Some advice to safely store before reheating and eating
For some people, leftovers can be one of the best parts of the Thanksgiving dinner. But those leftovers can be dangerous if not handled properly. More than half of the food poisoning outbreaks linked to turkey are caused by improper cooling, not cooking, according to the Center for Science in the Public Interest, a Washington, D.C.-based consumer advocacy organization. Bacteria can grow in fully-cooked food that is left out too long or is not chilled thoroughly.
The Center for Science in the Public Interest suggests the 2-2-4 rule to stop bacterial growth on leftovers:
2 hours: Move the meal from the oven to the feast to the refrigerator in two hours or less.
2 inches: Store refrigerated food at a shallow depth - about two inches - to speed chilling.
4 days: Eat refrigerated leftovers in four days or less. Freeze leftovers that will be kept longer.
When should you discard something to ensure that no one gets sick from contamination? Here are some guidelines on when food should be discarded due to possible contamination, according to Tim Dorian, AMERIND Risk Safety Specialist:
Food must be discarded if it has not been cooled or heated to the appropriate temperature within the time required for safety. If the freezer, refrigerator, hot plate or warming oven fails and the temperature of the food is in the danger zone, then the food must also be discarded. (Between 45° and 140°F or 7° to 60°C is the danger zone in which foods are most likely to become contaminated by germs. Additionally, 165°F or 74°C is the minimum temperature food must be reheated.)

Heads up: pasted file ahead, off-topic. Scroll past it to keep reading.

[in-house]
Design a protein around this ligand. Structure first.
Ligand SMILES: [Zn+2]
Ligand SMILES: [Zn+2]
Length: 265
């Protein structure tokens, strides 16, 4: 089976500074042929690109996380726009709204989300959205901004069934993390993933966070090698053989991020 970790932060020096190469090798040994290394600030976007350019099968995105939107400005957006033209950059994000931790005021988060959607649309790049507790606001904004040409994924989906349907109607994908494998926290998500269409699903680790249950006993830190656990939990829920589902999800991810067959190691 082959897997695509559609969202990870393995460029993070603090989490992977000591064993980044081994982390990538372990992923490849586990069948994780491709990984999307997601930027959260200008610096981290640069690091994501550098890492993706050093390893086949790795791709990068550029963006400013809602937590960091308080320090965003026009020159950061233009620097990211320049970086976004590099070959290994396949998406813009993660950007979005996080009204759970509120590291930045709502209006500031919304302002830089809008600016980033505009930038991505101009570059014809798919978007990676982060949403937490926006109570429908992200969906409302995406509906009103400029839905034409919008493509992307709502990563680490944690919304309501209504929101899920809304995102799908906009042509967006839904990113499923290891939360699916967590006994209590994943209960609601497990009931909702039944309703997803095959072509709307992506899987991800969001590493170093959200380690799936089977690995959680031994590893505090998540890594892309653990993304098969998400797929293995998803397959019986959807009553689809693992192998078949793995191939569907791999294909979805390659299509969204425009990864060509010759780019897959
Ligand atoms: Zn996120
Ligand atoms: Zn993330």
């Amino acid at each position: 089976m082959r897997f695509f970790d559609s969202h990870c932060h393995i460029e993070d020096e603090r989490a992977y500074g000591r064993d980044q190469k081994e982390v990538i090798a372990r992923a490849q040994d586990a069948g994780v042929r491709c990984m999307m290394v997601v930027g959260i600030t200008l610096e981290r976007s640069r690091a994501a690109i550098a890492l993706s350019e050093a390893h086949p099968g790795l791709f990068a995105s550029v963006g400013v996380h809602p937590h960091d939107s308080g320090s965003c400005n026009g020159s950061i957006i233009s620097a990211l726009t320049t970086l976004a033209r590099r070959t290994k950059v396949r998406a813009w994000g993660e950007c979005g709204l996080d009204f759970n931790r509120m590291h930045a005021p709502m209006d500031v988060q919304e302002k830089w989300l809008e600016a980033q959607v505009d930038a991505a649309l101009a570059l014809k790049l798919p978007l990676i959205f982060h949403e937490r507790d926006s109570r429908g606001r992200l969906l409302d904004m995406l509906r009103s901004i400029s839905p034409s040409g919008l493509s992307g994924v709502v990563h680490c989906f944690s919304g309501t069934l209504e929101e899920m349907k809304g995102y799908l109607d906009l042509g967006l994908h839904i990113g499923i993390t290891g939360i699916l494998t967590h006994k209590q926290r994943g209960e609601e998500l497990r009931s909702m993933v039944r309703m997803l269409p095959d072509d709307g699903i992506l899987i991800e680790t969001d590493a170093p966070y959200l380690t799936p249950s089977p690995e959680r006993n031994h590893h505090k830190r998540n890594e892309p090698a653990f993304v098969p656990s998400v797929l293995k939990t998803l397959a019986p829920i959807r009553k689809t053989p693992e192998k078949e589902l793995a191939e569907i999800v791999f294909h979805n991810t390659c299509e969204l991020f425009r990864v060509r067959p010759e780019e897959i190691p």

Also dispose of food that is in a container or package that is not labeled or dated or if it is past the expiration date.
Food should also be discarded if it has become unsafe or adulterated, such as if something unnecessary has been added. It should be discarded if you suspect that bacteria is growing in the food.
Dispose of any ready-to-eat food that may have been contaminated by a sick person. Also dispose of food that has been contaminated by someone through contact with hands, sneezing, coughing, or other means.
You may have heard the old saying, “When in doubt, throw it out.” Adhere to that gut feeling if you suspect something went bad.
Throwing out food is a difficult choice but keeping you and your family safe and healthy with proper food handling during the holiday season will help bring peace of mind—and less trips to the bathroom. They will thank you for it.
About AMERIND Risk
AMERIND Risk was founded 30 years ago by more than 400 tribes who united and pooled their resources to create AMERIND Risk to keep money within Indian Country. AMERIND Risk provides employee benefits, and property, liability and workers compensation insurance for tribes, tribal governments, tribal businesses and individual property coverage. It is the only 100%, tribally-owned and operated insurance solutions provider in Indian Country. In May of 2016, AMERIND launched a new business line AMERIND Critical Infrastructure (ACI) which will help tribes obtain high-speed internet. To learn more about Tribes Protecting Tribes or for an insurance quote, go to AMERINDRisk.org.